GOP hardliners reap benefits of McCarthy speaker deal
Members of the right-wing House Freedom Caucus are seeing the first dividends from the deal they struck to give House Speaker Kevin McCarthy (R-Calif.) his gavel: prime committee assignments.
Why it matters: The plum postings for Republican rebels fulfill a key concession McCarthy made, handing conservatives greater influence over the GOP conference's congressional probes and legislative agenda.
Driving the news: The powerful House Oversight Committee, which is set to be the clearinghouse for many of the GOP's marquee investigations into the Biden administration, is adding half a dozen Freedom Caucus members and McCarthy rebels to its ranks.
- That includes Reps. Byron Donalds (R-Fla.), Paul Gosar (R-Ariz.), Scott Perry (R-Pa.) and Anna Paulina Luna (R-Fla.) — who initially opposed McCarthy during the speaker election before striking a deal — and Rep. Lauren Boebert (R-Colo.), who refused to vote for him.
- Another addition is Rep. Marjorie Taylor Greene (R-Ga.), a right-wing McCarthy ally who, like Gosar, was booted from committees by Democrats and a handful of Republicans in 2021.
The Freedom Caucus nabbed a new committee gavel — on top of Rep. Jim Jordan's (R-Ohio) chairmanship of the Judiciary Committee — with Rep. Mark Green (R-Tenn.) beating out more moderate Rep. Dan Crenshaw (R-Texas) to lead the Homeland Security Committee last week.
- Greene and Rep. Eli Crane (R-Ariz.) — a freshman who, like Boebert, refused to back McCarthy for speaker and instead voted present — received seats on that committee.
- Rep. Andy Harris (R-Md.), another McCarthy detractor who eventually got in line, won the gavel of the House Appropriations subcommittee on agriculture.
- Leading rebel Rep. Matt Gaetz (R-Fla.) retained his seats on the Judiciary Committee, where articles of impeachment against Biden officials would originate, and Armed Services.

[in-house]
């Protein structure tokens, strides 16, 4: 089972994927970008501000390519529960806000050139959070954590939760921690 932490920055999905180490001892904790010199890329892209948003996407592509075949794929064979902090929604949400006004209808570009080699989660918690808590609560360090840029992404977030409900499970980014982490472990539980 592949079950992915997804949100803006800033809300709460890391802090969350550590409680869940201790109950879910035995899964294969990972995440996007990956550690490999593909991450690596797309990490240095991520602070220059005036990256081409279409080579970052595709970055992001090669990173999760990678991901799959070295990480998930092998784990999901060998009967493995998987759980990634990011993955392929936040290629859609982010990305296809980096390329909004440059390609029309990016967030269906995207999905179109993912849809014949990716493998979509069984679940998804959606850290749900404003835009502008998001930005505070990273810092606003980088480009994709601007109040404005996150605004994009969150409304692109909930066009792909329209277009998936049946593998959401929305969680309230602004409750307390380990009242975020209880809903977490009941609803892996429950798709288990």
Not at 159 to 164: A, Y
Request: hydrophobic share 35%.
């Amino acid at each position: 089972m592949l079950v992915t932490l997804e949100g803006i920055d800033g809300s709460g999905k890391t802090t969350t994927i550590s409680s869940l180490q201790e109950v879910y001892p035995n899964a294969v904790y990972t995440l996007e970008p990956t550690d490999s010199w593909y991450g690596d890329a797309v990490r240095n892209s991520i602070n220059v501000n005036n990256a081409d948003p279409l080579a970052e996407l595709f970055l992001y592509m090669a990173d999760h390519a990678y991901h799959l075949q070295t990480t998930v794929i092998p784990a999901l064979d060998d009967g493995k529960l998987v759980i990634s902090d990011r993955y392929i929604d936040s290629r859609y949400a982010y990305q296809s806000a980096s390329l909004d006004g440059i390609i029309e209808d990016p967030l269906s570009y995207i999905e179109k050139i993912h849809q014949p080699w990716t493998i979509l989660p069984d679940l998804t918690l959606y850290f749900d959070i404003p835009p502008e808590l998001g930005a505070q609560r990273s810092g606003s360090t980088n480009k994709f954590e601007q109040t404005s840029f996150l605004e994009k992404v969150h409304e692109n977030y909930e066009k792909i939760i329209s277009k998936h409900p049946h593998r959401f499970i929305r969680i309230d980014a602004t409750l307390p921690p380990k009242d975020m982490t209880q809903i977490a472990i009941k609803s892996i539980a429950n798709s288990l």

- And nearly every "A" committee — the four most desirable panels — got new members associated with the Freedom Caucus: Reps. Andrew Clyde (R-Ga.) and Michael Cloud (R-Texas) will serve on Appropriations, while Donalds and Rep. Andy Ogles (R-Tenn.) will be on Financial Services.
What they're saying: Members of the GOP steering committee argued that McCarthy's foes in the speaker election — including those who held firm in refusing to vote for him — were richly rewarded in the committee assignment process.
- "I was watching that and I thought, 'Maybe there will be some retribution,'" Rep. Mike Kelly (R-Pa.) told Axios. "Honestly, it was so fair, right across the board ... there's no residual from [the speaker election], nobody had a hangover."
- Rep. Richard Hudson (R-N.C.) said: "We as a steering committee focused on making sure there was balance on all the committees. I think the speaker did a good job with it."
What we're watching: One of the biggest concessions McCarthy gave to hardliners was a commitment to appoint three conservatives to the Rules Committee, which holds considerable sway over what legislation is brought to the House floor.
- Unlike with most committees, members of the Rules Committee are tapped by their party's leaders, giving McCarthy sole discretion over which Republicans get appointed.